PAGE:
Ameesha Patel’s character in Gadar, Sakeena, is your garden-variety damsel-in-distress needing to be rescued from the clutches of a religion that is brutal and dehumanising to women. 

According to Banerjee, women in the masculine Hindu culture are one of three archetypes: the heroic mother, the chaste wife, or the celibate masculinised warrior. 

“Why is it never a Hindu woman marrying a Muslim hero? It’s because women are the custodians of cultural national identity and men are the preservers of it,” said film studies student Smita Dakhore, who has watched Lagaan and Gadar several times since their release. “It’s on the men to induct women from other religions into their religious fold while actively stopping women from their own religion from defecting. Look at how the 2018 film Raazi is framed. No one can imagine a Hindu woman being married to a Pakistani man even if it is for the service of the nation, but it is acceptable when it is a Muslim woman, because the idea is that she anyway doesn’t belong to us. Sehmat (the lead played by Alia Bhatt) becomes a celibate warrior for the nation. She never gets married again and contributes her only son to the Indian Army to legitimise his Pakistani provenance.”   


The India of a “patriotic” film is homogeneous and traditional, moral and great. It is something to be inherited by “proud Indians.” In Lagaan, the “Gori ma’am’s” (Elizabeth, the opponent-ally character, is often called the “White Madam” by the villagers) desire for the Hindu male hero exemplifies our need to feel superior about our own culture. In an obvious scene, where Elizabeth is seen wearing a tikka on her forehead and a sari in the arms of Bhuvan, it’s the tedious playing out of the grand fantasy that even the white-skinned colonial master can be inducted into the Hindu fold. In the film, India is largely equated to Hindu culture, particularly as practised in the Hindi belt. 

The slip-up in Gadar is unbelievably ironic. Antagonist Ashraf Ali, who has been in Punjab all his life, still calls the obviously Sikh Tara Singh a Hindu. He accidentally conflates all religions and ethnicities that are not Muslim under the general banner of “Hindustani,” whereas his background would have made him keenly aware of the distinctions.  

Lagaan ignores its own polyphonic village community to give us token Muslim and Sikh characters, but its gravest sin is the representation of its only Dalit character. A name like “Kachra” (which literally means “garbage”) is offensive – even if the actor who played him speaks fondly of how fans still call him by that name.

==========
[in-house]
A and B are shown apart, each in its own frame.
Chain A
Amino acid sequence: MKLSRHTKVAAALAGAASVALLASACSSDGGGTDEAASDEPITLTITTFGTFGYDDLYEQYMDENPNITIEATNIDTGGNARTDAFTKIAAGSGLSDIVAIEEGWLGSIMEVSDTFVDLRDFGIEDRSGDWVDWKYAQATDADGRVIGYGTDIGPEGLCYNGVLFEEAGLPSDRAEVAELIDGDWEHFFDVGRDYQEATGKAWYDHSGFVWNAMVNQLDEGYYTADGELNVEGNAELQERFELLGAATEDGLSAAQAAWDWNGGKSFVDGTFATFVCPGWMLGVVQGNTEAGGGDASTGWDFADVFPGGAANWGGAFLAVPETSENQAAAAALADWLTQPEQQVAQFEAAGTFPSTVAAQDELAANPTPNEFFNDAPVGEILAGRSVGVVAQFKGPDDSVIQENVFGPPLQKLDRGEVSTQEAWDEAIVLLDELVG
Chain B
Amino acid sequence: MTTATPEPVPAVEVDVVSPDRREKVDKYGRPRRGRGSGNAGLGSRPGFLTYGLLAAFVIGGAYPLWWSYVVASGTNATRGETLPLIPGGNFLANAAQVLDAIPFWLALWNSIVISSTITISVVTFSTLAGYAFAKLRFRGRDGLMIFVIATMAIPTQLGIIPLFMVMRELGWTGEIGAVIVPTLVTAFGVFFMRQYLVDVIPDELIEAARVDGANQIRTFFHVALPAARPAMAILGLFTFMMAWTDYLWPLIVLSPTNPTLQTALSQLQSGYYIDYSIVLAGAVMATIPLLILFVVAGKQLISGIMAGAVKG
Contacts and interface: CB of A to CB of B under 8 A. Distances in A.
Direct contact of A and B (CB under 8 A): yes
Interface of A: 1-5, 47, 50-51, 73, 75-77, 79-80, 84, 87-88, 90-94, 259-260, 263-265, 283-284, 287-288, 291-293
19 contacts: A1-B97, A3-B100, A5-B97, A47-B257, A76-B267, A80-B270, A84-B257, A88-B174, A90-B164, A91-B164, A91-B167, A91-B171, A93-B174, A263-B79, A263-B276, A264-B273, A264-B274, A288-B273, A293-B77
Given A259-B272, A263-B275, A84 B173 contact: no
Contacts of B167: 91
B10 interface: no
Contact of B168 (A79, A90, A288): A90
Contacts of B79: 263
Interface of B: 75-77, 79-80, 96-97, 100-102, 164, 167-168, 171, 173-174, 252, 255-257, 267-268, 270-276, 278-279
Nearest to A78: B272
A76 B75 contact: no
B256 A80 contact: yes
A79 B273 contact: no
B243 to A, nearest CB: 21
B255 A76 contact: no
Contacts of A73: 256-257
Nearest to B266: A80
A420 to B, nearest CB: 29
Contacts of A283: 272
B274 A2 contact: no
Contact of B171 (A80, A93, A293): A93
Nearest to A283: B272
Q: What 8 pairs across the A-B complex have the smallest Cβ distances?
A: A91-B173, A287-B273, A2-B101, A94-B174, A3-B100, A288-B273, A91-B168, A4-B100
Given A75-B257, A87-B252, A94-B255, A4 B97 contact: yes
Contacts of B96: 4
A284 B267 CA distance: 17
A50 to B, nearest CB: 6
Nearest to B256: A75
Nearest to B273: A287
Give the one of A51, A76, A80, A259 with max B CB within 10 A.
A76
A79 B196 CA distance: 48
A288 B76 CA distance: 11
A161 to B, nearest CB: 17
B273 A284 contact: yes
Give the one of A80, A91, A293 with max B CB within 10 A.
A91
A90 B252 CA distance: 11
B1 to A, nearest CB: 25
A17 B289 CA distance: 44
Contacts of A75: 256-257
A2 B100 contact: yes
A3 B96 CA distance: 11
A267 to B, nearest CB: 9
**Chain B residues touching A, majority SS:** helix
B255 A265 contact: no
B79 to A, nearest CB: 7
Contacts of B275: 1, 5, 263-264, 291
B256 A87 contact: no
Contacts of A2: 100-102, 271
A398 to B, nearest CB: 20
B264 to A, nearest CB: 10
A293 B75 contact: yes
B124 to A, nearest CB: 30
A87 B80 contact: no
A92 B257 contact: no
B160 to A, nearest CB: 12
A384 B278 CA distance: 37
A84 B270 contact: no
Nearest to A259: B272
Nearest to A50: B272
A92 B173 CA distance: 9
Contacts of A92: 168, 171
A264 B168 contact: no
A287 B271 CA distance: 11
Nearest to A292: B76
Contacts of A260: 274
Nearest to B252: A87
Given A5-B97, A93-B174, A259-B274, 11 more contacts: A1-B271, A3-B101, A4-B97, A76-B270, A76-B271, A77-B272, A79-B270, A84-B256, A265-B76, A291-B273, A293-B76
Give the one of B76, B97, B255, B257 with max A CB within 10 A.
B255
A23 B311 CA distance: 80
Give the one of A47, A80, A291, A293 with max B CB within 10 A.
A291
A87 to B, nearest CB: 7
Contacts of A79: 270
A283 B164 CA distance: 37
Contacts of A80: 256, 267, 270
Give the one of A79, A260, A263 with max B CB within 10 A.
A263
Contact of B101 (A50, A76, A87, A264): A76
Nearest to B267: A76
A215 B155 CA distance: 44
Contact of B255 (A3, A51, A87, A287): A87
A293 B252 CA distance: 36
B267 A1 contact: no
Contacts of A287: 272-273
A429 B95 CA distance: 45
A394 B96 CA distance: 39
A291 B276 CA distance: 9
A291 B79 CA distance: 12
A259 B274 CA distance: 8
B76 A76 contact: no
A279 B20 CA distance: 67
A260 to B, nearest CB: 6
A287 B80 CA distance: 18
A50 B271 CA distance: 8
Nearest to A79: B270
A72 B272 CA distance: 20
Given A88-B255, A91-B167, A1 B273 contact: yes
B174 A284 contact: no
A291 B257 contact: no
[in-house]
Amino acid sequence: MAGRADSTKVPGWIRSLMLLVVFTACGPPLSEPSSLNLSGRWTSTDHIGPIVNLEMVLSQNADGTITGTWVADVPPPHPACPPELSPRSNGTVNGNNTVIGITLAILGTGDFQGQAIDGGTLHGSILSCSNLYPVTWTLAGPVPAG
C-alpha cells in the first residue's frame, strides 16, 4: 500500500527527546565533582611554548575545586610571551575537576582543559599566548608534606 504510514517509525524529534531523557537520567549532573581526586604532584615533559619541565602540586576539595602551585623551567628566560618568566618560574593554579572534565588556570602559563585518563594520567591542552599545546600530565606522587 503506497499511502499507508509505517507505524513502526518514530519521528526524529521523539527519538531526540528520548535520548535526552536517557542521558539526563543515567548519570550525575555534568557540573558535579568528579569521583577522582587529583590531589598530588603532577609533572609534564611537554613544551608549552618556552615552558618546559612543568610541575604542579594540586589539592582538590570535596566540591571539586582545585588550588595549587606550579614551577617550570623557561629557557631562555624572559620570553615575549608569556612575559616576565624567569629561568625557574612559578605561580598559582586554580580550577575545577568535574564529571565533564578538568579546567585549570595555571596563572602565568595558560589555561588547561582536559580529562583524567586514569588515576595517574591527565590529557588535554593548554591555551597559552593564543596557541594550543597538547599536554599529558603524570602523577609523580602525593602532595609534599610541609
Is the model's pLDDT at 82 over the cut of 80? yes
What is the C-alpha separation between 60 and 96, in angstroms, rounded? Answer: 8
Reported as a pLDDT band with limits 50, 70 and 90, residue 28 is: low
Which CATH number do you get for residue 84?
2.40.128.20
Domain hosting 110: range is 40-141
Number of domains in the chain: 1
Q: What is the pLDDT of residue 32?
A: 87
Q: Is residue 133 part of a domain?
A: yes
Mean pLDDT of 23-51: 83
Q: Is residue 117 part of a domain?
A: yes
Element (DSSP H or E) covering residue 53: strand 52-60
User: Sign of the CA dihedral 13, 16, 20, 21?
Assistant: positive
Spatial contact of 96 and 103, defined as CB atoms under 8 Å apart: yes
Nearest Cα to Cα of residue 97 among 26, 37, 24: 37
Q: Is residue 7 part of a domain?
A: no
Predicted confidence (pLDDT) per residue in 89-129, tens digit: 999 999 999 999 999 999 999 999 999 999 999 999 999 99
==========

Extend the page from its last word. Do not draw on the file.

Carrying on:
Kachra is shown as docile, submissive and grateful. It is his disability that grants him access into the village team. In him, we find the depiction not of a Dalit man but of a Harijan – a word rejected by Dalits because it comes from a place of sympathy and condescension, where political and cultural agency is granted instead of asserted in the public sphere. (The term Harijan, meaning “Children of God” but now considered offensive, was popularised by Gandhi as a euphemism to avoid calling Dalits “untouchables” or other names that had a derogatory connotation.) The “patriotic” film ignores pluralism because cultural diversity is a threat to a single homogenous identity. 

These films act as a conscription call for angry young men to resort to violence for any cause they deem just or even for exacting cold revenge. 

“The voiceover at the end of Lagaan irks me,” said Samvartha, who teaches screenplay writing at the prestigious Film and Television Institute of India. “Halfway through the film, we know the consequences of losing the match for Captain Russel. He is given a warning by his higher-ups and told that he would have to pay the tax amount from his own pocket and relocate to Africa upon defeat. The voiceover unnecessarily repeats all this even when the film had already had its natural closure when the people of Champaner won the match. But the voiceover, which narrates Russel’s consequent misfortunes, proves that this wasn’t enough, and we needed to know that the British had suffered to quench our blood thirst. It adds an element of revenge.”  


It wasn’t always like this though. 

Early Hindi Cinema produced films like Boot Polish and Shree 420, with a tendency toward civic nationalism. They appealed to all kinds of Indians to be tolerant of one another. The Outsider was absent in these movies. 

Banerjee, in her book Make Me A Man!, points to two differing concepts of nationalism: cultural nationalism (a view of the nation defined by religion, language or ethnicity) and civic nationalism (which rejects cultural markers and favours a definition based on ideology such as democracy and legal rights). Cultural nationalism requires an outsider to define and justify what the culture of a nation isn’t, whereas civic nationalism is a loyalty to ideas such as equality, liberty and fraternity. 

So, when did the meaning of patriotism shift from civic to cultural nationalism? 

You could say it happened when several Indians started migrating abroad and an incipient fear took hold of us that the Hindu “Indian” culture might be diluted. The art-imitates-life approach might even convince us that jingoistic films are triggered by real-life circumstances like the Bangladesh War and, later, the Kargil War. Perhaps it’s political factors like the dominance of the right-wing National Democratic Alliance that encourages them. 

Whatever the reason, as cultural nationalism in films is conspicuously trending today, the public space for individuality and diversity is steadily getting narrower. Rather than proving our Indianness, we are more often left trying to disprove our otherness. And once we implicate ourselves, we can never implicate ourselves enough.